These two altars reflect the allowance of bamot and sacrificial service being performed by the firstborns, and they continue the tradition of the Patriarchs regarding the building of altars and offering of sacrifices, as is described in the book of Bereishit.

 

II. After the Mishkan was set up – the Mishkan in the wilderness

 

Much can be learned about the nature of the Divine service while the Mishkan and the camp of Israel were in the wilderness from a passage in Vayikra 17. The passage is divided into two parts. The second part, which will not be discussed here, deals primarily with the prohibition to eat blood. The first part is itself divided into two sections:

 

Whatever man there be of the house of Israel, that kills an ox, or lamb, or goat, in the camp, or that kills it outside the camp, and brings it not to the door of the Ohel Mo'ed, to offer an offering to the Lord before the Mishkan of the Lord; blood shall be imputed to that man; he has shed blood, and that man shall be cut off from among his people. To the end that the children of Israel may bring their sacrifices, which they offer in the open field, that they may bring them to the Lord, to the door of the Ohel Mo'ed, to the priest, and offer them for peace-offerings to the Lord. And the priest shall sprinkle the blood upon the altar of the Lord at the door of the Ohel Mo'ed, and burn the fat for a sweet savor to the Lord. And they shall no more offer their sacrifices to the demons, after whom they have gone astray. This shall be a statute for ever to them throughout their generations. (Vayikra 17:3-7)

 

And you shall say to them; Whatever man there be of the house of Israel, or of the strangers who sojourn among you, that offers a burnt-offering or sacrifice, and brings it not to the door of the Ohel Mo'ed to offer it to the Lord; that man shall be cut off from among the people. (ibid. vv. 8-9)

 

            The plain sense of the text is provided by the Ramban, who says that we are dealing here with two different prohibitions. The first prohibition (vv. 8-9) is the prohibition to offer a sacrifice outside the Mishkan, which is known in Halakha as the prohibition of "slaughtering outside." This essentially is the first source of the prohibition of bamot. The first part of the passage (vv. 3-7) prohibits slaughtering an animal for eating outside the Mishkan, and permits the eating of meat in only one way – by bringing it to the Mishkan as a peace-offering. Here is part of what the Ramban says on the matter:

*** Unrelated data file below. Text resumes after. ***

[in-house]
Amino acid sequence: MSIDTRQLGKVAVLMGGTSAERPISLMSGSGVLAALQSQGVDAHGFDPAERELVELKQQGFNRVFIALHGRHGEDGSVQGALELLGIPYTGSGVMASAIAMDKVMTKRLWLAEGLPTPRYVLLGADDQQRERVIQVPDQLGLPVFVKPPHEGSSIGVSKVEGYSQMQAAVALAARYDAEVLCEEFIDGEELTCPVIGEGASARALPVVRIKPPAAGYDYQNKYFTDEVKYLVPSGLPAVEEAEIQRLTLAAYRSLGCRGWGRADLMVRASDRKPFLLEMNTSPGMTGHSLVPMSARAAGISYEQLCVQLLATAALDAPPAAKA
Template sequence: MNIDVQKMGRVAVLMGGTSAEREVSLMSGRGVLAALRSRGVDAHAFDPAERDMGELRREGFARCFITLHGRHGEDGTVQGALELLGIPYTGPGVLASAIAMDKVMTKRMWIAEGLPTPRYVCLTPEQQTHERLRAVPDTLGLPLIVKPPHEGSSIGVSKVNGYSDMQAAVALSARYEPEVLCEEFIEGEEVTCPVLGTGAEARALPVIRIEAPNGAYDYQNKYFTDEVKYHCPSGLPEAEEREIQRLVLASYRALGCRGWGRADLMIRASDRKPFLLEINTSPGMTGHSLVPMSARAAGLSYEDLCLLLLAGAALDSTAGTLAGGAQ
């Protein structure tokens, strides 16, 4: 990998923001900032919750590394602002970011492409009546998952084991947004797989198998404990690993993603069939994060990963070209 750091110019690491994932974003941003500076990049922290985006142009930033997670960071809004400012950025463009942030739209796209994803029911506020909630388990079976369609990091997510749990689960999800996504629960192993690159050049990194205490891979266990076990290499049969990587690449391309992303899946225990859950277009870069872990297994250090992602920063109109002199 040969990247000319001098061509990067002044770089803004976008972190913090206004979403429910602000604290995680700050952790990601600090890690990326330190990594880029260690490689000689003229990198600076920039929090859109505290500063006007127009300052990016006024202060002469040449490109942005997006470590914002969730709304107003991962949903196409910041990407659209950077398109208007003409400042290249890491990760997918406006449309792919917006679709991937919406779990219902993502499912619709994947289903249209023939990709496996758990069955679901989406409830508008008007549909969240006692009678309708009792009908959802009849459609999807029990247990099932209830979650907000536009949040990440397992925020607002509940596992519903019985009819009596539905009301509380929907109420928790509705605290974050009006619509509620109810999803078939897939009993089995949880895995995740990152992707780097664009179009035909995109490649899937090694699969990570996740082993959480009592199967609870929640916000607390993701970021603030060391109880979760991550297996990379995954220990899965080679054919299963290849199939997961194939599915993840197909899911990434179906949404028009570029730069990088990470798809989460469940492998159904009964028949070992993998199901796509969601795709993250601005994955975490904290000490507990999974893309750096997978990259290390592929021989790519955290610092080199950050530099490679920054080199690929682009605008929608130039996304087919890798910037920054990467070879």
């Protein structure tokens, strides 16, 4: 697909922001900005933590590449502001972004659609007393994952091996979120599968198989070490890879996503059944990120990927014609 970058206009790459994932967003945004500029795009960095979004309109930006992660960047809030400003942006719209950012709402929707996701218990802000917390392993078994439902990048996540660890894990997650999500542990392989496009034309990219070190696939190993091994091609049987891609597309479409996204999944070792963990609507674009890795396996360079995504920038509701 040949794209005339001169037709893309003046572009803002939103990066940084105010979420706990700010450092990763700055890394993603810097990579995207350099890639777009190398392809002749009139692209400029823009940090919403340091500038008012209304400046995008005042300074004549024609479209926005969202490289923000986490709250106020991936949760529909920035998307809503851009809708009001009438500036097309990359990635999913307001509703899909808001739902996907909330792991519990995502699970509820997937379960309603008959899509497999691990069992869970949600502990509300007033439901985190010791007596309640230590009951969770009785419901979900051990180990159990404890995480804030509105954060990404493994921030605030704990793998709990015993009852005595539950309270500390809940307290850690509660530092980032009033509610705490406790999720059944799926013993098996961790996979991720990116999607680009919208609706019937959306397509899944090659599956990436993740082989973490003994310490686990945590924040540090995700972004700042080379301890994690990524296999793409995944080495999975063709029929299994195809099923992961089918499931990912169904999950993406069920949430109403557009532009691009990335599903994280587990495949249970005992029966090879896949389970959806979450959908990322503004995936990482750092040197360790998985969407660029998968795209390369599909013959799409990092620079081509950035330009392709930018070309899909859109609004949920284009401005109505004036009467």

What seems correct in the wording of the verse is that it first assigns liability for karet to anyone who slaughters [an animal] outside the Mishkan, even non-consecrated animals. This is the prohibition of "meat of lust," and it gives a reason – so that one should consecrate them to God, and the priest should sprinkle the blood on God's altar and burn on it the fat.

Then it warns that one should not make an altar to God outside [the Mishkan] and sacrifice upon it the aforementioned peace-offerings or burnt-offerings, as is done with consecrated animals during a period when bamot are permitted. Rather, he should only offer them to God at the door of the Ohel Mo'ed. (Vayikra 17:2)

 

In this way, Scripture forbids all slaughter of animals outside the Mishkan.

 

Thus, two issues arise along with the building of the Mishkan:

 

1. The slaughter of non-consecrated animals in the wilderness outside the Mishkan, and everything that stems from it regarding the Torah's attitude toward the slaughter of animals and blood.

 

2. As the Mishna states: "Bamot were forbidden" – the prohibition to offer sacrifices outside the Mishkan is the prohibition of bamot.

 

The slaughter of non-consecrated animals in the wilderness outside the Mishkan

 

            The Torah forbids for the entire period that the Mishkan is in the wilderness all slaughter of non-consecrated animals when the animal is not brought to the door of the Ohel Mo'ed. What is the reason for this prohibition, to which the Torah relates with such severity that it imposes the punishment of karet for its violation?

 

A. To prevent idolatry – sacrificing to the demons in the wilderness

 

            One reason is explicitly stated in the Torah:

 

To the end that the children of Israel may bring their sacrifices, which they offer in the open field, that they may bring them to the Lord… And they shall no more offer their sacrifices to the demons, after whom they have gone astray. This shall be a statute for ever to them throughout their generations. (ibid. vv. 5-7)